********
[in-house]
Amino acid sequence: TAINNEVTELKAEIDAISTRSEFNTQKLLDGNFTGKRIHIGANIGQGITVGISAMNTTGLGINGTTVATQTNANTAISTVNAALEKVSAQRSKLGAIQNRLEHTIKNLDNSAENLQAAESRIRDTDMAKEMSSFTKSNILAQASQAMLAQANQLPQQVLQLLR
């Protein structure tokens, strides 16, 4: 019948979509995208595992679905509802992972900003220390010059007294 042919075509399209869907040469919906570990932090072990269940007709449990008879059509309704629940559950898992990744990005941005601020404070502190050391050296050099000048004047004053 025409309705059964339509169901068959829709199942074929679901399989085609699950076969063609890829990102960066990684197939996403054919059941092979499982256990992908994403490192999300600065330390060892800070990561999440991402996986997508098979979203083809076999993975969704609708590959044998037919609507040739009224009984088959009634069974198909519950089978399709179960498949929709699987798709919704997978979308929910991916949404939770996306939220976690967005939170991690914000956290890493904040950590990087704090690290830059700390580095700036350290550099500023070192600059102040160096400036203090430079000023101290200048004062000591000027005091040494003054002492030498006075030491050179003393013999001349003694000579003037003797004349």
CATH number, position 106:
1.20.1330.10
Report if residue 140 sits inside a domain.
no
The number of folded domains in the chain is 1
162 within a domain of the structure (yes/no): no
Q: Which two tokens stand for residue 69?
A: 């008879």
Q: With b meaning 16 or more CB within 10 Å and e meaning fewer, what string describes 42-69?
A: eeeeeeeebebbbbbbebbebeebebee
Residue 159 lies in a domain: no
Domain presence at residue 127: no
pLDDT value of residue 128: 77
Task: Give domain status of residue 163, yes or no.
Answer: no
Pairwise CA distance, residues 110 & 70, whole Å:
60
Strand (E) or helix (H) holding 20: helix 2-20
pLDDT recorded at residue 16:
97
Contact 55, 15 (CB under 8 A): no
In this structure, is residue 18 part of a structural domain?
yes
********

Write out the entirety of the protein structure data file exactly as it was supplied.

[in-house]
Amino acid sequence: TAINNEVTELKAEIDAISTRSEFNTQKLLDGNFTGKRIHIGANIGQGITVGISAMNTTGLGINGTTVATQTNANTAISTVNAALEKVSAQRSKLGAIQNRLEHTIKNLDNSAENLQAAESRIRDTDMAKEMSSFTKSNILAQASQAMLAQANQLPQQVLQLLR
């Protein structure tokens, strides 16, 4: 019948979509995208595992679905509802992972900003220390010059007294 042919075509399209869907040469919906570990932090072990269940007709449990008879059509309704629940559950898992990744990005941005601020404070502190050391050296050099000048004047004053 025409309705059964339509169901068959829709199942074929679901399989085609699950076969063609890829990102960066990684197939996403054919059941092979499982256990992908994403490192999300600065330390060892800070990561999440991402996986997508098979979203083809076999993975969704609708590959044998037919609507040739009224009984088959009634069974198909519950089978399709179960498949929709699987798709919704997978979308929910991916949404939770996306939220976690967005939170991690914000956290890493904040950590990087704090690290830059700390580095700036350290550099500023070192600059102040160096400036203090430079000023101290200048004062000591000027005091040494003054002492030498006075030491050179003393013999001349003694000579003037003797004349």
CATH number, position 106:
1.20.1330.10
Report if residue 140 sits inside a domain.
no
The number of folded domains in the chain is 1
162 within a domain of the structure (yes/no): no
Q: Which two tokens stand for residue 69?
A: 């008879």
Q: With b meaning 16 or more CB within 10 Å and e meaning fewer, what string describes 42-69?
A: eeeeeeeebebbbbbbebbebeebebee
Residue 159 lies in a domain: no
Domain presence at residue 127: no
pLDDT value of residue 128: 77
Task: Give domain status of residue 163, yes or no.
Answer: no
Pairwise CA distance, residues 110 & 70, whole Å:
60
Strand (E) or helix (H) holding 20: helix 2-20
pLDDT recorded at residue 16:
97
Contact 55, 15 (CB under 8 A): no
In this structure, is residue 18 part of a structural domain?
yes